Two identical primers, RAPD7 (GTGGATGCGA) and KAY1 (AGCAGCCTGC), were used to investigate the clonal relationship between isolates by the Random Amplified Polymorphic DNA-PCR (RAPD-PCR) method, as described elsewhere (15). In brief, the genomic DNA of bacterial isolates was extracted using Gram positive DNA extraction kit (SinaClone, Iran). The PCR reaction consisted of: 10× PCR buffer in final concentration of 1× MgCl2 (50mM) in a final concentration of 10 mM and dNTP Mix 10 mM in a final concentration of 2 mM; specific primer was added as a final concentration of 10 μM to prepare PCR master mix. PCR amplification was performed in a total volume of 25 μl (23 μl of PCR master mix plus 2 μl of template DNA) in a 0.2 RNase/DNase-free microtubes. PCR amplification program consisted of the following steps: initial denaturation step at 94°C for 4 minutes, followed by 49 cycles repetitions of 60 seconds at 94°C (denaturation), 60 seconds at 28°C (annealing) and 60 seconds at 72°C (extension), with a final extension at 72°C for 7 minutes. PCR products were analyzed by electrophoresis in 1.5% of agarose gel in a TBE buffer at 90 volts. Finally, the gels were stained with safe stain and visualized in gel documentation system and photographed. For each primer the banding pattern was scored as presence (1) or absence (0) of band for each isolate (16). Banding pattern of isolates was analyzed both visually and by online software (http://insilico.ehu.es/dice_upgma/index.php) and dendrogram was built, based on RAPD-PCR results for each primer. The isolates with ≥ 80 similarities in banding pattern were regarded as a single clone.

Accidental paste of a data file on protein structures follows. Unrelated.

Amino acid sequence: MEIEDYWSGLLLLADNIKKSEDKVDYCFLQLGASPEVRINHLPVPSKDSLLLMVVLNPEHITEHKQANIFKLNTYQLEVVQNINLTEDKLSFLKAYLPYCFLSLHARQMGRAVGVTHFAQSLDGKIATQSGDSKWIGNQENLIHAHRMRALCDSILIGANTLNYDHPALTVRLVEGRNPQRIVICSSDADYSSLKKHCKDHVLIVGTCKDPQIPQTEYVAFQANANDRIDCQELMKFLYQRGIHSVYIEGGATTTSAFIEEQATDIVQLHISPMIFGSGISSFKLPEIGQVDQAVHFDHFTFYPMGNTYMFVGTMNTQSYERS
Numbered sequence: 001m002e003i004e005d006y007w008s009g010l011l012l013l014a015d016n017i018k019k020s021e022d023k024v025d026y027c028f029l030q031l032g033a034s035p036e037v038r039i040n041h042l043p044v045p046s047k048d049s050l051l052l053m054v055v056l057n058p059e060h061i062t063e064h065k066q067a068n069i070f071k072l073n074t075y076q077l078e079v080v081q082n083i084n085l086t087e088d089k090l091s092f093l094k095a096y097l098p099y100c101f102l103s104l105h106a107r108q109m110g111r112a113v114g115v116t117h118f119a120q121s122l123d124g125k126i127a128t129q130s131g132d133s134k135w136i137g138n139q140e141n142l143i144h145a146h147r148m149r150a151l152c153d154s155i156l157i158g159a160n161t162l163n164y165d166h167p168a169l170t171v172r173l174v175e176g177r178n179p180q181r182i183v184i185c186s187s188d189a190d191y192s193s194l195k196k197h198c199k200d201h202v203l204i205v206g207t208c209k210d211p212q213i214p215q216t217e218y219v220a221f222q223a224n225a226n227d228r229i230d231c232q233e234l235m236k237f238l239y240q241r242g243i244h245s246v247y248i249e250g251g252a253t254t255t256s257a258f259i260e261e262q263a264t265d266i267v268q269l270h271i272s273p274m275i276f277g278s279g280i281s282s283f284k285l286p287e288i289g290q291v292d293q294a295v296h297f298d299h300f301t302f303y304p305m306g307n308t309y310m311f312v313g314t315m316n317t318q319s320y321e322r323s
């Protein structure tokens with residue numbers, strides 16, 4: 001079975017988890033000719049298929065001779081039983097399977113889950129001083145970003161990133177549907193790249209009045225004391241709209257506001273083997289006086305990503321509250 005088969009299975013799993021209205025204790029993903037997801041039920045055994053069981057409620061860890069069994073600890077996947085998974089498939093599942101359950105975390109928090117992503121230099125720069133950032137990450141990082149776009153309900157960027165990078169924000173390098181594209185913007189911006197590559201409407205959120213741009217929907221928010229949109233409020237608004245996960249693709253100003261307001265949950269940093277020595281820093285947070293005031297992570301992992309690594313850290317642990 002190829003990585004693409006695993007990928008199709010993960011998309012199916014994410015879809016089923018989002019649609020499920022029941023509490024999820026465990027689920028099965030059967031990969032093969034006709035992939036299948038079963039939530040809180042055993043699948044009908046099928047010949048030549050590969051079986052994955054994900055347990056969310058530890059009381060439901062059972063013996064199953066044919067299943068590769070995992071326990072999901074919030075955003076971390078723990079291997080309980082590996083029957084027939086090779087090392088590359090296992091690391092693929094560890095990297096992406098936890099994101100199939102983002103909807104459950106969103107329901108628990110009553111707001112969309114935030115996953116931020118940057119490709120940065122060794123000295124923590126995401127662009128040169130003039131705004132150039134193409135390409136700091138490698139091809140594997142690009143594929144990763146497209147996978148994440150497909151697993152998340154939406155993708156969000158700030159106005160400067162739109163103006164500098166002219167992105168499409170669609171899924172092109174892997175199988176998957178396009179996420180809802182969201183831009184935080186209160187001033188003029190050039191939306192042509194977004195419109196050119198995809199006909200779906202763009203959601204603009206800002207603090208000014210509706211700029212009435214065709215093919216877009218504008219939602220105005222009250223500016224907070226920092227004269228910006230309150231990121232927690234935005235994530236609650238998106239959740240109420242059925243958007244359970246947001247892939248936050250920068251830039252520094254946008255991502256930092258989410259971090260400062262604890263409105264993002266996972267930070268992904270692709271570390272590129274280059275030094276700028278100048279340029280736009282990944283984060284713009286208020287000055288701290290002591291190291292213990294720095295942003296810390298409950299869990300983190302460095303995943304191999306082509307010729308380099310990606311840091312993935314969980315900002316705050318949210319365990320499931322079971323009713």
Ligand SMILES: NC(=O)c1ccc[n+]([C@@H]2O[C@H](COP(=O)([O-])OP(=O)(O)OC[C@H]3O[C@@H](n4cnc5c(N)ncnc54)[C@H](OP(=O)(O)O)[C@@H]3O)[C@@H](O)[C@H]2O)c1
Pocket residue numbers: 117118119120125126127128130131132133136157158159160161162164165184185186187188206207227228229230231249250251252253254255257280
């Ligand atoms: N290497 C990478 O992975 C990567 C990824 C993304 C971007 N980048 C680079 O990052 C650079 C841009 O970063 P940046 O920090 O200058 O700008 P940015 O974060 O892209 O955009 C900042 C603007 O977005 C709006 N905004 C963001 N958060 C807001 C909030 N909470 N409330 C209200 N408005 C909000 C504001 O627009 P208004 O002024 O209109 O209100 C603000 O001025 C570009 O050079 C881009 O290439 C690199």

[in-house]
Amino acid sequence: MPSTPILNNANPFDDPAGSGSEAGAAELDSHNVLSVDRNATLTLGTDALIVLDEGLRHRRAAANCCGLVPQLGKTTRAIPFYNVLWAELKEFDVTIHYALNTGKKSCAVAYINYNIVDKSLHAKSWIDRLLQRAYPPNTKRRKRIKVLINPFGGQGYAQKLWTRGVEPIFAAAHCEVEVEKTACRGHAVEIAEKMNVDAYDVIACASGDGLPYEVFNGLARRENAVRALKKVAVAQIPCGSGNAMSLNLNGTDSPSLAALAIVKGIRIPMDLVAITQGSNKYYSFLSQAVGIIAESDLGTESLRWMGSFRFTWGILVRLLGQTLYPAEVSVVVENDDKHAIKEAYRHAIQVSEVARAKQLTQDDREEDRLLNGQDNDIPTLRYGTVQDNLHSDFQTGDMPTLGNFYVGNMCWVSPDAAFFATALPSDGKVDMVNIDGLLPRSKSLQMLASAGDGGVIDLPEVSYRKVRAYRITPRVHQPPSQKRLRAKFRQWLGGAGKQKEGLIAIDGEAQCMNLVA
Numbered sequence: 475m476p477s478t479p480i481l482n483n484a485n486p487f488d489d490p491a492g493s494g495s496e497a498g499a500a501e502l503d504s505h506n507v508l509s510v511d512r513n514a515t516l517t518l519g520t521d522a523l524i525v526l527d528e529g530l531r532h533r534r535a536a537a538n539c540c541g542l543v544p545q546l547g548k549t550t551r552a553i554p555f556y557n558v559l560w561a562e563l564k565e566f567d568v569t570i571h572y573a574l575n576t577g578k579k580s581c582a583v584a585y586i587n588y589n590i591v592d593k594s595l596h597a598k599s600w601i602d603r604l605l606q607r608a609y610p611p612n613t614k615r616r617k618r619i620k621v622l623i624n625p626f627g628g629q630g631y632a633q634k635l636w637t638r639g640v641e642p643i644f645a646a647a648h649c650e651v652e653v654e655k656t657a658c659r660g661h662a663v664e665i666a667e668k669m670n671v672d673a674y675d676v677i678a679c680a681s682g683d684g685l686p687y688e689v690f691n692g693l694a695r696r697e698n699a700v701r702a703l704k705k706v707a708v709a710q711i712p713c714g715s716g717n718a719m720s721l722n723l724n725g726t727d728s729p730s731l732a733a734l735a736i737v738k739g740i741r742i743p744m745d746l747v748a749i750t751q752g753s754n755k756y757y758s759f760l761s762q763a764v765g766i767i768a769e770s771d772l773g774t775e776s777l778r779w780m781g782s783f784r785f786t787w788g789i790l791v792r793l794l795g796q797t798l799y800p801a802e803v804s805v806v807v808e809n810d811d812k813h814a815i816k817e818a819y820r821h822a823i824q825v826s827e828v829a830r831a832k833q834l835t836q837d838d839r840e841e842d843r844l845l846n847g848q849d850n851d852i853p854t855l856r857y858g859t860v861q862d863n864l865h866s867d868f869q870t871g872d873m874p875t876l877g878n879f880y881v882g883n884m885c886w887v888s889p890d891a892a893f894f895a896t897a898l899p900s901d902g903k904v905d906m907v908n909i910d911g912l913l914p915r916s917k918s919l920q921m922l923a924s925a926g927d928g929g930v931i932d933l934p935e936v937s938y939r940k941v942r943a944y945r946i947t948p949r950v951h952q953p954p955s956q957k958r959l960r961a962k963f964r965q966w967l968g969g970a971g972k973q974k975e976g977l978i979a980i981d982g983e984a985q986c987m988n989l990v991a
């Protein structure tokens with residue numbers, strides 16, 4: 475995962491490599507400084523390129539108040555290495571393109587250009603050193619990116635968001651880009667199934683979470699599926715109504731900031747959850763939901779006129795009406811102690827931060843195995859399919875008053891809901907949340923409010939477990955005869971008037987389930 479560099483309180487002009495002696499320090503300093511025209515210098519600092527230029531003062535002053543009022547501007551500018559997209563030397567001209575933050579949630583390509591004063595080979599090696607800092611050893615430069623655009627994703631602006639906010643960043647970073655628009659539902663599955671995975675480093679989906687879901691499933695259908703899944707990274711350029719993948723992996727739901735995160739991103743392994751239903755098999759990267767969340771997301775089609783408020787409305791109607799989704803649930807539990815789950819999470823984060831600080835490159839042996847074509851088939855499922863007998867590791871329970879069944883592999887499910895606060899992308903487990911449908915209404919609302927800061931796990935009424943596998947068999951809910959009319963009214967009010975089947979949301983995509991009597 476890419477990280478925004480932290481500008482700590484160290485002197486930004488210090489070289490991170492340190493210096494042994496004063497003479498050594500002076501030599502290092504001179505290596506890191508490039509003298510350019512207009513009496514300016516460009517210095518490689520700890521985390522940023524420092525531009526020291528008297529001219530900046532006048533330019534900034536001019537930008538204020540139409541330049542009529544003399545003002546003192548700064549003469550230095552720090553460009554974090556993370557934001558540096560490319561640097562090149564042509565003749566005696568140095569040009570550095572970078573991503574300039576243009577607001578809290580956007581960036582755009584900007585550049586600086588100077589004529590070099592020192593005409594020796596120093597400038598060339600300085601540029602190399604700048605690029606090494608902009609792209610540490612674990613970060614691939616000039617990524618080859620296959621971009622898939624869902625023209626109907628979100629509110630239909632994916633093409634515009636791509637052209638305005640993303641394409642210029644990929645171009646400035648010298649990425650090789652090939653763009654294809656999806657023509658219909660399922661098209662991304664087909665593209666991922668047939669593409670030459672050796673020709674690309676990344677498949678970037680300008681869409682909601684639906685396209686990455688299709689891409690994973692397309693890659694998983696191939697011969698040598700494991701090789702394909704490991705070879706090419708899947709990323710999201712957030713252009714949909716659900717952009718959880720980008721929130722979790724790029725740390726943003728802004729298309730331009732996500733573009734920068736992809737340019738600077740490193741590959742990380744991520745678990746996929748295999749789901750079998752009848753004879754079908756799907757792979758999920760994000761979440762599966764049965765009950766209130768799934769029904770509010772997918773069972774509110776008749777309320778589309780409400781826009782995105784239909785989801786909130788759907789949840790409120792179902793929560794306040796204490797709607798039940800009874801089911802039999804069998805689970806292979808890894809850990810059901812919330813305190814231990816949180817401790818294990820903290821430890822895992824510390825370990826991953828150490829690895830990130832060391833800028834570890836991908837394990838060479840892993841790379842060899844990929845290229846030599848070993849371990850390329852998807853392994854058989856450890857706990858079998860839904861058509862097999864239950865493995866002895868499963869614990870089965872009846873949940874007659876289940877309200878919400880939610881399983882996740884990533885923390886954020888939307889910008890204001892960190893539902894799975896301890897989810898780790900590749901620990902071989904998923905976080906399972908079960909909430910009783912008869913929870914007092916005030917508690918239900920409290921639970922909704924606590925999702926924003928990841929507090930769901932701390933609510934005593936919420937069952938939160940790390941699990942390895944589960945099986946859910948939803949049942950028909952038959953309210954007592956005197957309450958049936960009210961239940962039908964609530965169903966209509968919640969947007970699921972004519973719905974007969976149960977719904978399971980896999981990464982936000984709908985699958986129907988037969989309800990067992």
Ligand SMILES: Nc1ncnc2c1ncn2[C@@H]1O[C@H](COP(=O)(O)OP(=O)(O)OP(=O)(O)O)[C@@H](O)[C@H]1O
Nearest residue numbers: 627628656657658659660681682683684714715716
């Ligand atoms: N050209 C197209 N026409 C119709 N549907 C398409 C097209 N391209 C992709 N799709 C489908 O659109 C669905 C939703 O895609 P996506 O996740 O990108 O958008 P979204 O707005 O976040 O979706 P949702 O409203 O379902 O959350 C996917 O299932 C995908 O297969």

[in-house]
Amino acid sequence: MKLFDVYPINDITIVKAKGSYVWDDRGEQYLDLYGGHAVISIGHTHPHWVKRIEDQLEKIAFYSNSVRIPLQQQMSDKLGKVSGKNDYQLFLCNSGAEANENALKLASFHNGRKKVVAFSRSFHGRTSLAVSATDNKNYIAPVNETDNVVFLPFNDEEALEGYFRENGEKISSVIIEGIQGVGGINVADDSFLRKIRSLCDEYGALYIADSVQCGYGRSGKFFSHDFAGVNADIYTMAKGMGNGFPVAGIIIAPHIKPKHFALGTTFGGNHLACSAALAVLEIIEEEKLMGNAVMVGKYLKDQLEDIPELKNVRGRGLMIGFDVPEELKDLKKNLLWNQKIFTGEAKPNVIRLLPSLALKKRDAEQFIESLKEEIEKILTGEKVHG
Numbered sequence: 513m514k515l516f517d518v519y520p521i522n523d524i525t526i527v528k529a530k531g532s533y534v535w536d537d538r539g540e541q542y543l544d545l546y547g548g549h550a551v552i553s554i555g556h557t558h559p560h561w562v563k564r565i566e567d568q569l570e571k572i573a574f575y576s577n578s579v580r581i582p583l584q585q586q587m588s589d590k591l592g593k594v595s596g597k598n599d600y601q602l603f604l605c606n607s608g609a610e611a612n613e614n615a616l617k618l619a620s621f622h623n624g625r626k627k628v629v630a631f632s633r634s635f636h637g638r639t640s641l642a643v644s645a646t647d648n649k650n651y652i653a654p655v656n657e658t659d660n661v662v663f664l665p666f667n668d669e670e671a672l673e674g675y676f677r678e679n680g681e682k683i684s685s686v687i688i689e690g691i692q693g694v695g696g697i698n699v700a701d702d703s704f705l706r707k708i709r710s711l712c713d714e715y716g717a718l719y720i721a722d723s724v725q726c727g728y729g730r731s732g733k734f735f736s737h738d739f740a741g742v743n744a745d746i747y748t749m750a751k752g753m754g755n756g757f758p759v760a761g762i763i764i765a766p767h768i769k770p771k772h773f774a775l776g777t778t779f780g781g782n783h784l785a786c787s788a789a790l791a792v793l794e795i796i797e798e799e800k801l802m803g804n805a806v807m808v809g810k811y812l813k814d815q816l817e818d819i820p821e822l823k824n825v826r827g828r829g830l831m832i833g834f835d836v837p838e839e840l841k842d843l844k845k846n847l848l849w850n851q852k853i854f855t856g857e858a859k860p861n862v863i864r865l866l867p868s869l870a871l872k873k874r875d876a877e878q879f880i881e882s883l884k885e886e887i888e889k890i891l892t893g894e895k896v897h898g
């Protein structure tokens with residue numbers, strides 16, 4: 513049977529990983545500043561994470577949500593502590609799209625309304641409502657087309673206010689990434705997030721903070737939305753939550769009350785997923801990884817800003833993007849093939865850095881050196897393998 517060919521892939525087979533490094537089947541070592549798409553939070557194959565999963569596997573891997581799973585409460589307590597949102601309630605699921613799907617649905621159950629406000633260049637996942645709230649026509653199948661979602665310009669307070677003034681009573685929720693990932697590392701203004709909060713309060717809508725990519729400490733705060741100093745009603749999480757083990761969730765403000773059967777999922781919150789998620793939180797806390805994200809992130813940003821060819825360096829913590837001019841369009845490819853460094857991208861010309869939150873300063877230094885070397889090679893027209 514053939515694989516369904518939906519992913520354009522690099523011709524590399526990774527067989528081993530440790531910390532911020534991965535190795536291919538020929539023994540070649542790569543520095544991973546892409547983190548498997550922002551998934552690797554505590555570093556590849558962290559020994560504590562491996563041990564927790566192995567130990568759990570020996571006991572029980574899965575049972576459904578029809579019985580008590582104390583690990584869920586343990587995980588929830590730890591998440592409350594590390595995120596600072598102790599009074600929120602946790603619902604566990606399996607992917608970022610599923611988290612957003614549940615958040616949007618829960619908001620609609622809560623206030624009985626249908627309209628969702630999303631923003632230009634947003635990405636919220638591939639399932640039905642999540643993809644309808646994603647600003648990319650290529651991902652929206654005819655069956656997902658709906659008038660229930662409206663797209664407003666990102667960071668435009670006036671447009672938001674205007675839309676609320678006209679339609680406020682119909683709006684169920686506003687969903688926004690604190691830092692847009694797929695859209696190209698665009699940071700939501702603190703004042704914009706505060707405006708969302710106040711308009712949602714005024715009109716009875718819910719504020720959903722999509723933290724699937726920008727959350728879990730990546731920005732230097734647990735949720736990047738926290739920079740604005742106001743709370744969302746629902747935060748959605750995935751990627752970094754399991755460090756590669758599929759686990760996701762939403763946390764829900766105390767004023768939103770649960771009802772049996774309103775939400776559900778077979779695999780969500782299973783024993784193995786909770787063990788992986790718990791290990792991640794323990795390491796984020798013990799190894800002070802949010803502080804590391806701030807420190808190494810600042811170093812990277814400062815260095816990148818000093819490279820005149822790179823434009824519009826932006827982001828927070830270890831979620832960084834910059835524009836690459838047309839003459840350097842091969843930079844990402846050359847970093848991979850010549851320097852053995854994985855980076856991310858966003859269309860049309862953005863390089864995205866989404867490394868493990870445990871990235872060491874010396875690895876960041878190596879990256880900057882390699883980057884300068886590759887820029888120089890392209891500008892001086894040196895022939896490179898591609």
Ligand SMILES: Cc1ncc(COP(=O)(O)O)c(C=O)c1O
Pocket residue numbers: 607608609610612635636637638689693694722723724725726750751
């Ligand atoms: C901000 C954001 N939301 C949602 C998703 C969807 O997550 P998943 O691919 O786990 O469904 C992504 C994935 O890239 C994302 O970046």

The mean optical densities obtained for each isolate in the presence or absence of sub-MIC concentrations of fosfomycin, β-CLA or both were compared and data were statistically analyzed by SPSS 16 software. One-way analysis of variance (ANOVA) was used for analyzing between group means. Differences between means were considered to be statistically significant if the p-value was less than 0.05.
One hundred isolates of S. aureus were obtained from clinical specimens that were submitted to clinical laboratories during the study. We found no significant differences in frequencies of MRSA infections between genders [22 (51.2%) females versus 21 (48.8%) males]. Of 43 MRSA cases, 35 (81.4%) were isolated from hospitalized patients, and eight from outpatients. The majority of MRSA isolates were cultured from wound (22 cases, 51.2%). 43% of isolates were resistant to oxacillin, so they were defined as MRSA. Because of the lack of enough data about one of the isolates, the study was conducted on 42 MRSA isolates (Fig. 1).
Antibiotic resistance pattern of the 43 MRSA isolates against 18 commonly used antibiotics is shown in Fig. 2. Chloramphenicol, nitrofurantoin, amikacin and teicoplanin were the most active antibiotics against MRSA, respectively. However, the highest amount of resistance was seen against penicillin G. All MRSA isolates were multi- drug resistant.